On May 2nd, 2015, I volunteered at a 5K race called Walk to Cure Arthritis (https://www.arthritis.org/get-involved/walk-to-cure-arthritis/), which was hosted through the Arthritis Foundation. The race was located at the White Water Center, which is a really neat place to hang out for outdoorsy people like myself. My responsibilities included helping set up tents and tables, filling cups and coolers with water, taping the race path. We started setup early in the morning and were there to watch the sun gradually rise over the treetops, revealing more of its rays every few minutes.
Knowing a fairly good amount about animals, it crossed my mind that animals — especially reptiles — enjoy coming out of the woods with the sun. It didn’t occur to me, though, that I’d see anything other than a few lizards, birds, and maybe a rabbit or two. I was later proven wrong.
I don’t remember exactly what time we sent the first flight of runners on their way, but it was sometime around 9:30 I believe. I was stationed at a water cooler where I was tasked with handing out water to those who needed it. A while after the first group was sent off, the group of walkers started their walk. Not long afterwards, as we continued to hand out water, I started hearing a lot of commotion about something on the path. At that moment I tuned my ears to hear more about what they were saying as the word “snake” became more frequently mentioned.
I then distinctly remember hearing one woman say, “There’s a big ole snake over there in the middle of the pathway.” My heart jumped and I put the cup of water I was holding back on the table. Trotting down the gravel path, I looked for either a congregating group of people or the snake they would be staring at. Then I saw a break in the steady flow of people that resembled a rock splitting the path of a stream. Right in the middle was a fairly decent sized snake that I presumed to be a black rat snake: it was the coloration, roundness, and length of the creature that, in combination, led me to believe this.
As even more people began realizing what was there in the pathway, I quickly became alarmed for the snake’s safety. Not wanting it to be trampled, killed, or harassed, I made the decision to catch and relocate the creature. There was only one problem: I’d never caught a snake before, let alone a wild one. Granted, I’d handled different snakes often, including my pet ball python, an assortment of snakes that other people had caught, or ones handled by professionals, but there’s just something different about reaching down at one that could easily — and quickly — bite you.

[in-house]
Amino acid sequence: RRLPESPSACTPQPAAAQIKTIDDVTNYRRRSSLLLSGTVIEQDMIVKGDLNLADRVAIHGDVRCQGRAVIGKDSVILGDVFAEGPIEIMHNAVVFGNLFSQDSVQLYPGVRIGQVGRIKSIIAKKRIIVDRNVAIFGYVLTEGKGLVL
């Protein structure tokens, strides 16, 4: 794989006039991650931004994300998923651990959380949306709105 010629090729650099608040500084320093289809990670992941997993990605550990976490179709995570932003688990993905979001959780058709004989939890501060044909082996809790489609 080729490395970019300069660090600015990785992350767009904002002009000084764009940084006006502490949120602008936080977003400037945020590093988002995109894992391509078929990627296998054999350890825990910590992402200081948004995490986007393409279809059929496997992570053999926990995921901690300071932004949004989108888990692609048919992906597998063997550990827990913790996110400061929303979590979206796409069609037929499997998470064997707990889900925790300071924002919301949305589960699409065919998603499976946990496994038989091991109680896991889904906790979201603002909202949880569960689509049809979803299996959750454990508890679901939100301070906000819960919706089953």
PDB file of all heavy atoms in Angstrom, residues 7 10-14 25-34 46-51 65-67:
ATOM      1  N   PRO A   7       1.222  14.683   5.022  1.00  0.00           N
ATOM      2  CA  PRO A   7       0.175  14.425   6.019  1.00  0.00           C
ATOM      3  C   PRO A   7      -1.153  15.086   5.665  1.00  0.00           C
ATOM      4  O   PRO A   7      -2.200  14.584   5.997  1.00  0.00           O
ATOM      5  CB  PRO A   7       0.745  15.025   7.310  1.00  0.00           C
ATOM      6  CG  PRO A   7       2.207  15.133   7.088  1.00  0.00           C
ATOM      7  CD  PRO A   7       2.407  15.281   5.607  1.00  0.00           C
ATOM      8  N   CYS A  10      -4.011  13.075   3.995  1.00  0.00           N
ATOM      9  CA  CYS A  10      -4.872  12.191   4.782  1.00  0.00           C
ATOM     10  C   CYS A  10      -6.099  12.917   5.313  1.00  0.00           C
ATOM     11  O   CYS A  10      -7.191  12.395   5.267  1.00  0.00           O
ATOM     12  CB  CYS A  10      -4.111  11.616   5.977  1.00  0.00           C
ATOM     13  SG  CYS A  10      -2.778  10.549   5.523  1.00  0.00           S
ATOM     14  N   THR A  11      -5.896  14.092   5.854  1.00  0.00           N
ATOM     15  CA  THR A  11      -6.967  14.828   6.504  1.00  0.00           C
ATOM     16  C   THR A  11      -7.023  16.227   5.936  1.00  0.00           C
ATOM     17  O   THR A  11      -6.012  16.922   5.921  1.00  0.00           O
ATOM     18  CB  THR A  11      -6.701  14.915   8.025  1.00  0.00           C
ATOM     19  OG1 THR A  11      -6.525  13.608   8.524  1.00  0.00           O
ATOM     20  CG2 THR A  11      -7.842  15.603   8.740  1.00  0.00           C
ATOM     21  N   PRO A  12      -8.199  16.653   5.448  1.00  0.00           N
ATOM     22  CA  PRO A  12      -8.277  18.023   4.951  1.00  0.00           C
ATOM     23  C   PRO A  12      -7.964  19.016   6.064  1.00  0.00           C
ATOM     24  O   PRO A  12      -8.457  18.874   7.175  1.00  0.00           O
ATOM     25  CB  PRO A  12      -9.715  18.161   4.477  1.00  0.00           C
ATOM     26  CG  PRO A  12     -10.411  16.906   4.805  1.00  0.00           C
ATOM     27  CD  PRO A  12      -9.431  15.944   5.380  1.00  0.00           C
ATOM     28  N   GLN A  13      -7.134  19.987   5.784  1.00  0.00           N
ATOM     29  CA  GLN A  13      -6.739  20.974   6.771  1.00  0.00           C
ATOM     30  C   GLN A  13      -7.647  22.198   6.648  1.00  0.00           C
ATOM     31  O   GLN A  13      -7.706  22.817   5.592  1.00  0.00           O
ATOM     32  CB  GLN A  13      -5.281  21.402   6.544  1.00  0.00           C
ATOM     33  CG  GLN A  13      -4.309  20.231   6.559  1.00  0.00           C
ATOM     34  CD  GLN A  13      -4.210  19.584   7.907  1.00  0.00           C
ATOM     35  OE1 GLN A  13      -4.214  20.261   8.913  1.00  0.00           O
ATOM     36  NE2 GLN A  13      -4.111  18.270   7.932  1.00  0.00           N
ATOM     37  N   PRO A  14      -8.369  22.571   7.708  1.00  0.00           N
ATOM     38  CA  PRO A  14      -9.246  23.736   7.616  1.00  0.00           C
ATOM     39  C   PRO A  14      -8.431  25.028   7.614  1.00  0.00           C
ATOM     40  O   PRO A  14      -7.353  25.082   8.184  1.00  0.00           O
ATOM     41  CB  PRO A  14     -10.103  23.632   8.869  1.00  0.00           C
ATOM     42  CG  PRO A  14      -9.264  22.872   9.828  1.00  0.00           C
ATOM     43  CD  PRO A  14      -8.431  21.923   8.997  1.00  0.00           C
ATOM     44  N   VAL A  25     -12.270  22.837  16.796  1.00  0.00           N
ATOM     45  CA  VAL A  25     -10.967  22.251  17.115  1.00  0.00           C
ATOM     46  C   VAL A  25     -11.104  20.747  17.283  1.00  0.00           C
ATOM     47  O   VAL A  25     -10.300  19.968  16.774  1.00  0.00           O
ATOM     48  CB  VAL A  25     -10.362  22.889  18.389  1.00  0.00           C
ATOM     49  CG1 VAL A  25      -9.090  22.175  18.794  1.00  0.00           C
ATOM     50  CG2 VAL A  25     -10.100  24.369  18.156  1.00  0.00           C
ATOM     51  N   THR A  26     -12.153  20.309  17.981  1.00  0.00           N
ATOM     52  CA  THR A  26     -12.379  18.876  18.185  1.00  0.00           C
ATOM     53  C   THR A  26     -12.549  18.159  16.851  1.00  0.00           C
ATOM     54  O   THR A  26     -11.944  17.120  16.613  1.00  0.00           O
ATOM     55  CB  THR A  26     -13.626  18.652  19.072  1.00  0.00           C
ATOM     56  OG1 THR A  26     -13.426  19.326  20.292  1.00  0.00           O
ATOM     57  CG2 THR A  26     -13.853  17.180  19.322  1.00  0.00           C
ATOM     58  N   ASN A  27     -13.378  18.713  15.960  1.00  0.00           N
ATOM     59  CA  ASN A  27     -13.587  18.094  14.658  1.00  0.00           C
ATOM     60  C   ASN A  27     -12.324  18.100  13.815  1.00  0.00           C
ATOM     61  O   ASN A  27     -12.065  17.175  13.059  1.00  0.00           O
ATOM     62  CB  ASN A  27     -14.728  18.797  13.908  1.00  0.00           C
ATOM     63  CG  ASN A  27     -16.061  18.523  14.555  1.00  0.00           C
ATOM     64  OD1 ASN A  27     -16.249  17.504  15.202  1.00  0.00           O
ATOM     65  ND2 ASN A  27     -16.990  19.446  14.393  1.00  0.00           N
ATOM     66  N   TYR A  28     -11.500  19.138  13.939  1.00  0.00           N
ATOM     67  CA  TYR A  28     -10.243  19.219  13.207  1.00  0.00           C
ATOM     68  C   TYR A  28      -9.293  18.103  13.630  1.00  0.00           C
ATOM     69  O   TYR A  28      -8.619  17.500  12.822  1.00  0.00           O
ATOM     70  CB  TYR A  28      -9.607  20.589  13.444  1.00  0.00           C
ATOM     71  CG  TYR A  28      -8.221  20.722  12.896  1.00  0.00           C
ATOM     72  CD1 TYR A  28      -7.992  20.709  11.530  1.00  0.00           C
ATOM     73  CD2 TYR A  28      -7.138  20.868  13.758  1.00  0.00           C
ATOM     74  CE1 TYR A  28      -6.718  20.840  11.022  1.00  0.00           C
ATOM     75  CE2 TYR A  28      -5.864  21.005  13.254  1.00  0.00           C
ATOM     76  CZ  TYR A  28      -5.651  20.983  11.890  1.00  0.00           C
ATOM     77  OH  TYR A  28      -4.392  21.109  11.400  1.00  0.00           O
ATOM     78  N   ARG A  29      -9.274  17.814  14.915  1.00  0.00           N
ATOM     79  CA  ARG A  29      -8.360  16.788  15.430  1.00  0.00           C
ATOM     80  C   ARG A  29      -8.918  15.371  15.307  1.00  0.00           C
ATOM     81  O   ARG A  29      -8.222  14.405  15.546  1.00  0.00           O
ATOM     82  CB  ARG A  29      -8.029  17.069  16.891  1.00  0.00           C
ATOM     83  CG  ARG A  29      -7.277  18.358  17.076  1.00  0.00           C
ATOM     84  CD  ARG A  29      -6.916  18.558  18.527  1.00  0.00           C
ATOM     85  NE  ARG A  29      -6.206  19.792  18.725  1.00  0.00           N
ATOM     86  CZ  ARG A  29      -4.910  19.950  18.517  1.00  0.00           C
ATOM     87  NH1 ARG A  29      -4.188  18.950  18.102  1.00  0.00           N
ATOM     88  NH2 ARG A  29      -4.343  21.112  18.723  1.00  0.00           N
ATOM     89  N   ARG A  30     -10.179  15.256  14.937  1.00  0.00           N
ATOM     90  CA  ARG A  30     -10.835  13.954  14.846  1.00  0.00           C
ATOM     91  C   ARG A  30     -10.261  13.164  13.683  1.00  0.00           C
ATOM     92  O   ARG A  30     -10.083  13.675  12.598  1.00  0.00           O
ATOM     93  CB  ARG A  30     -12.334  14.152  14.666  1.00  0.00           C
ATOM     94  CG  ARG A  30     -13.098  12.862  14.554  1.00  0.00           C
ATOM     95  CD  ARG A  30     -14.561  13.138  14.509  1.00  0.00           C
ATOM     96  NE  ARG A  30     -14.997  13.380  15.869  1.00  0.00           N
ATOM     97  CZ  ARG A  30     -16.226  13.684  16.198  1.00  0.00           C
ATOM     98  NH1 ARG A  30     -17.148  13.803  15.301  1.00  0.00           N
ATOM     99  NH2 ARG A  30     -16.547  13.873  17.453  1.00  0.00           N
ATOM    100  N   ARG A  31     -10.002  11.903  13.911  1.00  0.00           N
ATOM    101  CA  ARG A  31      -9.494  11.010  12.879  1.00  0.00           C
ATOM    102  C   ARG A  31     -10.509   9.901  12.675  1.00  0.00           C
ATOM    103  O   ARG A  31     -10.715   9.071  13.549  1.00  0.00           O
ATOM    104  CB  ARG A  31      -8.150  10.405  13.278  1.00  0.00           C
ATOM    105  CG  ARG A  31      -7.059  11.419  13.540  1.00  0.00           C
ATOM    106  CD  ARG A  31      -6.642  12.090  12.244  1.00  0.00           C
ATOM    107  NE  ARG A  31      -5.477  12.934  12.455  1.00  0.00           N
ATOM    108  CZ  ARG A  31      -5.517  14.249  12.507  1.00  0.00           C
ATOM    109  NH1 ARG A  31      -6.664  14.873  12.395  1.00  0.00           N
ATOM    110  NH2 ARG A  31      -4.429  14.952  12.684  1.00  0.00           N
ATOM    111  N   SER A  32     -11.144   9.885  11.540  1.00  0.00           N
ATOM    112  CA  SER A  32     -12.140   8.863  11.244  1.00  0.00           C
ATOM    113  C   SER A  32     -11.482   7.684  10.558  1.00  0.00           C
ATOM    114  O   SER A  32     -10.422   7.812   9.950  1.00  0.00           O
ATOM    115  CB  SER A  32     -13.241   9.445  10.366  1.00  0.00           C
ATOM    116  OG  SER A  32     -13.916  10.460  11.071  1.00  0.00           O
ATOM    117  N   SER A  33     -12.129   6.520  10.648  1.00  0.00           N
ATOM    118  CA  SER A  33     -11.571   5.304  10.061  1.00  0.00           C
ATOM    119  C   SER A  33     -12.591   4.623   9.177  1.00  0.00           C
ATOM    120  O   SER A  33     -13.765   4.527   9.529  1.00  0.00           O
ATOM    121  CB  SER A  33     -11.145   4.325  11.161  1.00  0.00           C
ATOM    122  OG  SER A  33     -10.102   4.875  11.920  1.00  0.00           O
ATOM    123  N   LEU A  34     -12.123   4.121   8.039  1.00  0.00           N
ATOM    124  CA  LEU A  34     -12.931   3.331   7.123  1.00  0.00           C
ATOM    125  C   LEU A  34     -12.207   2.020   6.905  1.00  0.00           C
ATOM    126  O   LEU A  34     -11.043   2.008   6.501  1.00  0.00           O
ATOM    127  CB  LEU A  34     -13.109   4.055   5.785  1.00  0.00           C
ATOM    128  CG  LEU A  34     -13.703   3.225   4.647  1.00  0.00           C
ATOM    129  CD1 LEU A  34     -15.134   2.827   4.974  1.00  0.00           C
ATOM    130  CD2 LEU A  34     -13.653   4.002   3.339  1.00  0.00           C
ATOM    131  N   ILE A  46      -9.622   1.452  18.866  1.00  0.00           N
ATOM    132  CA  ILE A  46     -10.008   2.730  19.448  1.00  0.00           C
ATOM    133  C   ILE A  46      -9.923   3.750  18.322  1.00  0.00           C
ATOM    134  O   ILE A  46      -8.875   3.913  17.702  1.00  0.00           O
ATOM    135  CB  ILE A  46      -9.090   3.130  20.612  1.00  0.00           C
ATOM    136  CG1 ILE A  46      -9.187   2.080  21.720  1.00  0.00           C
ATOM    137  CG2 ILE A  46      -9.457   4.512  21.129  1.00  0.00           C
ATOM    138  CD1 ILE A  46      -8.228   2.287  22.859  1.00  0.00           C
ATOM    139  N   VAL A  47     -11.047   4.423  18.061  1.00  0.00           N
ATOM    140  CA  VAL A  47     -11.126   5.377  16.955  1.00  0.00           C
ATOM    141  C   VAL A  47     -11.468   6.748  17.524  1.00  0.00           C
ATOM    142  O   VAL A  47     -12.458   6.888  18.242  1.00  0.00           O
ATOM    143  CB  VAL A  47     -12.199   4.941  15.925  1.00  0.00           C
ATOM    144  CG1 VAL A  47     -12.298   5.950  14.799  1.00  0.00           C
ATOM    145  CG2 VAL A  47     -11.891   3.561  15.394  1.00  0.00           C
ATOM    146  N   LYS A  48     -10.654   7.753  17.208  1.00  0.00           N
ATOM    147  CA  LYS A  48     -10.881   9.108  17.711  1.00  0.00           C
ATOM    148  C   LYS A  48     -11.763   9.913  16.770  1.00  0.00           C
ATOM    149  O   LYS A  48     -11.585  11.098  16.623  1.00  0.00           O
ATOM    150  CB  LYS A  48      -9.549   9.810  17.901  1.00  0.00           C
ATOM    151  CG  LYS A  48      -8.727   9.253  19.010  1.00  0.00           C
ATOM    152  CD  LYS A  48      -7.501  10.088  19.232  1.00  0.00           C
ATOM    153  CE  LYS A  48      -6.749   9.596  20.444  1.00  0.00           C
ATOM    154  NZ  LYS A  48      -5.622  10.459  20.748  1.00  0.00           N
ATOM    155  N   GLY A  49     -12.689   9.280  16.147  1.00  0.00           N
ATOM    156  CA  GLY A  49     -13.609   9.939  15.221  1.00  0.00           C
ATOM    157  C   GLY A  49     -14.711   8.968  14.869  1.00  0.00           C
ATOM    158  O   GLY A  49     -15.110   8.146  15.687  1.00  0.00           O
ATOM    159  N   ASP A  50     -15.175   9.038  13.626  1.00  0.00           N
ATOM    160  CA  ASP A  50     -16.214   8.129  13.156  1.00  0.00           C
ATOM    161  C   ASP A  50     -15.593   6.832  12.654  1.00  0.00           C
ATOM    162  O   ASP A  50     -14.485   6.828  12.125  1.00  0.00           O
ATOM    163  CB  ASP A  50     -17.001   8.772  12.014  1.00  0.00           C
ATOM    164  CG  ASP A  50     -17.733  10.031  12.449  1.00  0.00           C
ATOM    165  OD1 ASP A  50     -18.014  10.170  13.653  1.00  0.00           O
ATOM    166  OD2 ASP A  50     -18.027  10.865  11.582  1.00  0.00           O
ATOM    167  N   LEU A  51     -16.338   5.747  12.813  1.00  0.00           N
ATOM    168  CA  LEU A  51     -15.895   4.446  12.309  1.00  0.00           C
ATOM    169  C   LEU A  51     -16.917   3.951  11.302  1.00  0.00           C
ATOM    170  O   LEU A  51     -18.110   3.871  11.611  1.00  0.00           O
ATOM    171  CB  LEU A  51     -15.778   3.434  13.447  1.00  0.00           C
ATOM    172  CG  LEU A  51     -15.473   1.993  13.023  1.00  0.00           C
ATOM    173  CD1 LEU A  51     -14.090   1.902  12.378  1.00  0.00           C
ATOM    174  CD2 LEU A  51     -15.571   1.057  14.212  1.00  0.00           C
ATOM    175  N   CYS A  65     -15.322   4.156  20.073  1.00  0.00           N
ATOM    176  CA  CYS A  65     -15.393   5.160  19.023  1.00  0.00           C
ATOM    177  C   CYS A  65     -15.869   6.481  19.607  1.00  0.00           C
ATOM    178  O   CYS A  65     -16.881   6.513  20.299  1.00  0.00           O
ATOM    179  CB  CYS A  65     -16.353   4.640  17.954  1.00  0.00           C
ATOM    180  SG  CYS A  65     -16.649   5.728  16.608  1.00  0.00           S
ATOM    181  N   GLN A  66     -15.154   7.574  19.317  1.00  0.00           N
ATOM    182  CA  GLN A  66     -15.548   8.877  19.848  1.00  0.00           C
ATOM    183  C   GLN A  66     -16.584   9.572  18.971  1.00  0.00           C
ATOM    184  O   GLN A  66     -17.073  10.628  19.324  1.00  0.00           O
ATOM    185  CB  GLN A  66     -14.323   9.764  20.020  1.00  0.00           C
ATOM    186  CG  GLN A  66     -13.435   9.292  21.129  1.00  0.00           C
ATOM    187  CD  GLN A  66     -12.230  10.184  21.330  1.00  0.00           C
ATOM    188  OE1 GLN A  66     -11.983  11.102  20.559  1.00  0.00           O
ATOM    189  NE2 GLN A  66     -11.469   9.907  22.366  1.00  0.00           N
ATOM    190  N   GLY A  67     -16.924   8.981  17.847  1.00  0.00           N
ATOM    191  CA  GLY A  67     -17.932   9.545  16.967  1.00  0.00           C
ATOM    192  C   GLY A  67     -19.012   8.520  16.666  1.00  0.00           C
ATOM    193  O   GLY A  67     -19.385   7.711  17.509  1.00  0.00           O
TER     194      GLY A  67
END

I shoved all of this aside in my mind, however, and went for it. I figured I knew enough from both observation and common sense that would allow me to safely catch the snake. First reaching for its tail, I tried to gently gesture the snake over towards the brush. He wasn’t having any of it, though, and continued to realign himself so as to face the gravel path. In a few quick footing adjustments I found myself behind the snake, reaching for the back of its head with my right hand. I grasped its neck, but not close enough to the back of its head: in a lightning-fast strike he turned around and bit my hand. Refusing to be deterred, I squeezed my hand a little tighter and slid my hand up closer to its head so as to secure my grip on the writhing snake.
Shocked I stood up straight, snake in hands, people staring. I was smiling bigger than ever; I had just caught my first wild snake! Absolutely elated, I went over to someone and asked them to take my picture (seen below). After showing him off a little bit, I decided that it was about time for me to let him go. I found a pretty secluded brush area and let him go.
I learned something pretty cool during this whole fiasco: no matter how prepared I feel to handle a wild animal, I must never feel too comfortable in any given situation. This lesson was important to me because handling animals is something I hope to do long term; it was a humbling reminder that, though we can be prepared and knowledgable about handling animals, we must always be on our toes. It reminds me of a quote from author Mark Ross: “Around wildlife, ignorance is no excuse,” from his book Dangerous Beauty.
I hope to carry this lesson with me throughout the rest of my life, and I’m super excited to share the story of this encounter with all of you!
1 Thess. 2:2
"...but with the help of our God we dared to tell His gospel in the face of strong opposition."